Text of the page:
ROADS chiefs are considering recommendations made by the Coroner of Inquests in the wake of a fatal road accident outside the Hawthorn Inn, in Greeba, on the main A1 Douglas to Peel road.
Last month John Needham called for overtaking restrictions to be extended ‘as an issue of priority’.
Alexander Williamson, aged 36, of Charles Street Close, Peel, died when his motorcycle was involved in a collision with a car that was attempting to turn right out of the Hawthorn’s car park.
Mr Williamson had been carrying out an overtaking manoeuvre at the time, on a derestricted stretch of road where there were no double white lines to prohibit overtaking.
Department of Infrastructure director of highways Richard Pearson said that since the inquest the 50mph zone had been extended westwards past the Hawthorn.
The inquest had heard that the highways division had plans to extend the 50mph zone.
Mr Pearson added: ‘We are currently considering the possibility of introducing a no overtaking regime at this location following the outcome of the inquiry and our advice to it.’
He said it was ‘purely coincidental’ that the DoI was due to start works on the A1 road at Greeba this week.
‘The work currently highlighted at Greeba is not in connection with the recent inquiry, it is part of our revenue improvement programme to make roads safer,’ he said.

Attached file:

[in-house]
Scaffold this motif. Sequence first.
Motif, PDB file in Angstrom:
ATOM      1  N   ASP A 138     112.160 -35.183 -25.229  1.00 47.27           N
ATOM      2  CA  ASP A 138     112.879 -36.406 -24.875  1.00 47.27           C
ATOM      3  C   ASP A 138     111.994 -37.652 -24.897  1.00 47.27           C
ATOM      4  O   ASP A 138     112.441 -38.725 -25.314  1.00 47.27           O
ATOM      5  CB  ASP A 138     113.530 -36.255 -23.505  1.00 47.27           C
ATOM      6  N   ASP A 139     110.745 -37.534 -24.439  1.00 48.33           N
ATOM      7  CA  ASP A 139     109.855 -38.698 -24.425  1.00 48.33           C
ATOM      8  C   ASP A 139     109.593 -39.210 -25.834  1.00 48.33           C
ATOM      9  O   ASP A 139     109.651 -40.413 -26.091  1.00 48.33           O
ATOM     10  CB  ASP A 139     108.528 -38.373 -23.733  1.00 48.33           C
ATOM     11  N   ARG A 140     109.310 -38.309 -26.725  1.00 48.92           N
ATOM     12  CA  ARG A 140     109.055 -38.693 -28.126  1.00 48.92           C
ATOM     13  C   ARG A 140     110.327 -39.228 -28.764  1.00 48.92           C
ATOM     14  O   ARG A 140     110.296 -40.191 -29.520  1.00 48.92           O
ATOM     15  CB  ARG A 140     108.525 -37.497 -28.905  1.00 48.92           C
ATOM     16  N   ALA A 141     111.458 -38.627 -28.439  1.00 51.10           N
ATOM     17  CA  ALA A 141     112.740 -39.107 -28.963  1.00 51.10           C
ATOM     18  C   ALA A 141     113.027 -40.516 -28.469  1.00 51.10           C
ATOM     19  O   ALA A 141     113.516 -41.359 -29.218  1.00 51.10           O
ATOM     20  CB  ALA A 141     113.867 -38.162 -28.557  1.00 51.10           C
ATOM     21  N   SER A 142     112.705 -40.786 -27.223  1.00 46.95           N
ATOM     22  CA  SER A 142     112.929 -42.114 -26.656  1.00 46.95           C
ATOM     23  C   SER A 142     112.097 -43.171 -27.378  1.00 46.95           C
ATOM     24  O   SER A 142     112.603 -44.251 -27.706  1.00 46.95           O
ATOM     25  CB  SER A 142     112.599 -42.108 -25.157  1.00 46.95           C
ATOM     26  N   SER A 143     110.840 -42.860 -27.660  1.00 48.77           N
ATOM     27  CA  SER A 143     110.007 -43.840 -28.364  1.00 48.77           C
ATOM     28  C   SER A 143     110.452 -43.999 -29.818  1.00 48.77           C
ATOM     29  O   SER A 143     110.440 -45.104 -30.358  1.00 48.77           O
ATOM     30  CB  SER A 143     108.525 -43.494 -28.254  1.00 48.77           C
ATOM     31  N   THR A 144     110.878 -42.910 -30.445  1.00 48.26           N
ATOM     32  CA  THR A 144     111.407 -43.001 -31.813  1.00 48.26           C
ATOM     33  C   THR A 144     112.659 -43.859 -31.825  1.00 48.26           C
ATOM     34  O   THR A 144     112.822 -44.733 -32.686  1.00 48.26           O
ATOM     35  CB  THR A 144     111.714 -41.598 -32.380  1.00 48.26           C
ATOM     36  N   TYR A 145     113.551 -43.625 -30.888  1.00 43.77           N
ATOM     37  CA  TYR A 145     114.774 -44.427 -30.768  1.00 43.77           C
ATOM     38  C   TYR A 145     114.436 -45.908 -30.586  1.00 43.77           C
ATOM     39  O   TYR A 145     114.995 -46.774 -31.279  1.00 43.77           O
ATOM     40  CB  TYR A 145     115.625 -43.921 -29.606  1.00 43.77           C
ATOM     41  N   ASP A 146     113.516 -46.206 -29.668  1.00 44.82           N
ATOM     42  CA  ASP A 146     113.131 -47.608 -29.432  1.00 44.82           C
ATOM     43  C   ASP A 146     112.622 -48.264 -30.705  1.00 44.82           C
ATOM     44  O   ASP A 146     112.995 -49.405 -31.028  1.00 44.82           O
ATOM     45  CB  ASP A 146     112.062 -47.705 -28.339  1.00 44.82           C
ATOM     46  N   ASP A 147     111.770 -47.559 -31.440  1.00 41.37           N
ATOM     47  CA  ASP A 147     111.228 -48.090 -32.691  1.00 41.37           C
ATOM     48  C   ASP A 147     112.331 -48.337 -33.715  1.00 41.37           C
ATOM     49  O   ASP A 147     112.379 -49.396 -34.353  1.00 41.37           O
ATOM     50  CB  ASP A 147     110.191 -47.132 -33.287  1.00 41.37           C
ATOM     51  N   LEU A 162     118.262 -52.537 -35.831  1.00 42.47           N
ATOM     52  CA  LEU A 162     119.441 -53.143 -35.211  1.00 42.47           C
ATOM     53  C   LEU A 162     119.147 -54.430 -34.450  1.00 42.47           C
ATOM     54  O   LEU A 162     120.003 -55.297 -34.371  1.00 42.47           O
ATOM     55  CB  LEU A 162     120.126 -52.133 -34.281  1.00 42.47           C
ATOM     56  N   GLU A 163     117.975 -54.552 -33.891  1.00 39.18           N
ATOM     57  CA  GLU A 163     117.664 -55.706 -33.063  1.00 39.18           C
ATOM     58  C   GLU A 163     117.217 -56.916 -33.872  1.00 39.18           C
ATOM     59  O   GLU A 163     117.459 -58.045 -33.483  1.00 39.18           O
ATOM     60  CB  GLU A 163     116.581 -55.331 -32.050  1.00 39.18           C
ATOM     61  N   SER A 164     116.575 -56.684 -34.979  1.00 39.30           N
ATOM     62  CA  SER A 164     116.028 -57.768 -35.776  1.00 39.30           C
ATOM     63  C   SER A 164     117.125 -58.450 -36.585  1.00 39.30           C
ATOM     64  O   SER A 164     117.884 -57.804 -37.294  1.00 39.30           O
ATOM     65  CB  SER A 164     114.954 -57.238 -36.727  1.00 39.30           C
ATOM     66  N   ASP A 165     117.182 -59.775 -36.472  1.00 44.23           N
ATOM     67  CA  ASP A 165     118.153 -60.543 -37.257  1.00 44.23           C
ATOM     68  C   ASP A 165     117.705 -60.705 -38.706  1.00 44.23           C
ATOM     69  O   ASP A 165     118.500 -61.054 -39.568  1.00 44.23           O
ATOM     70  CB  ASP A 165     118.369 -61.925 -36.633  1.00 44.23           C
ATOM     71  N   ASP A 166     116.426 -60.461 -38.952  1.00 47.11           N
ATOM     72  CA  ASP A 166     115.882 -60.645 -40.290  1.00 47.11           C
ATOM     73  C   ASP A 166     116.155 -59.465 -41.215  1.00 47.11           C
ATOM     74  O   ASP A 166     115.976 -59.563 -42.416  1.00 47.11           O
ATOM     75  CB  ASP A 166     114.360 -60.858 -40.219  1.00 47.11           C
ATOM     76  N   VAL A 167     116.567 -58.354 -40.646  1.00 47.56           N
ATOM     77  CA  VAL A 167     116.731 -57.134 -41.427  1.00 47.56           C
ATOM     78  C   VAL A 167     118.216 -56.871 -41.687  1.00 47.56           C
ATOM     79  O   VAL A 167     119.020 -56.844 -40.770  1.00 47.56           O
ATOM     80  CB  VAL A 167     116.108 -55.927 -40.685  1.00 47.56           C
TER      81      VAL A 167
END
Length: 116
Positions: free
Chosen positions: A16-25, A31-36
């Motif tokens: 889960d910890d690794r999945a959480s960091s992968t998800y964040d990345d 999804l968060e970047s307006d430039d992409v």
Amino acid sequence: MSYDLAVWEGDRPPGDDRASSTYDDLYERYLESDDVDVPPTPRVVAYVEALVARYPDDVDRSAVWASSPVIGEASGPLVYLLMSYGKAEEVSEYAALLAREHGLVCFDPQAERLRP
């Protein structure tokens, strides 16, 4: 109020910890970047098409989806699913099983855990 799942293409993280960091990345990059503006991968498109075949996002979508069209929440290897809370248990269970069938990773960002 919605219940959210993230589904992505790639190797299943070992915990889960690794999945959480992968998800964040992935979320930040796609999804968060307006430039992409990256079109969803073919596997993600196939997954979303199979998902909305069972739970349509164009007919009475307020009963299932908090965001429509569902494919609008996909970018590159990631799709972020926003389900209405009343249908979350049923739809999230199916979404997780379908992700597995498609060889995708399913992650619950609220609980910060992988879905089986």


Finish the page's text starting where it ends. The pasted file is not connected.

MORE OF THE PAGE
Mr Pearson explained that the scheme will improve the sight line for vehicles coming out of Ballachurry Road.
‘This entails demolishing and rebuilding the wall further back to clear the sight line,’ he said.
The work is expected to take up to five weeks to complete.
The cost of the scheme is about £35,000.
Mr Pearson said: ‘The first part of the work will be completed using traffic signals between 9.30am and 4.30pm but once clear of the road, the remainder of the project will allow traffic to flow as usual.’
At the inquest into Mr Williamson’s death, Mr Needham said it was a ‘particularly busy area of road’ because there were a number of junctions emerging on to the main road.
The Coroner did not agree with Constable Michael Crompton, of the roads policing unit, who said there was no need to extened the double white lines as ‘potential hazards had started to lessen’ on that stretch.
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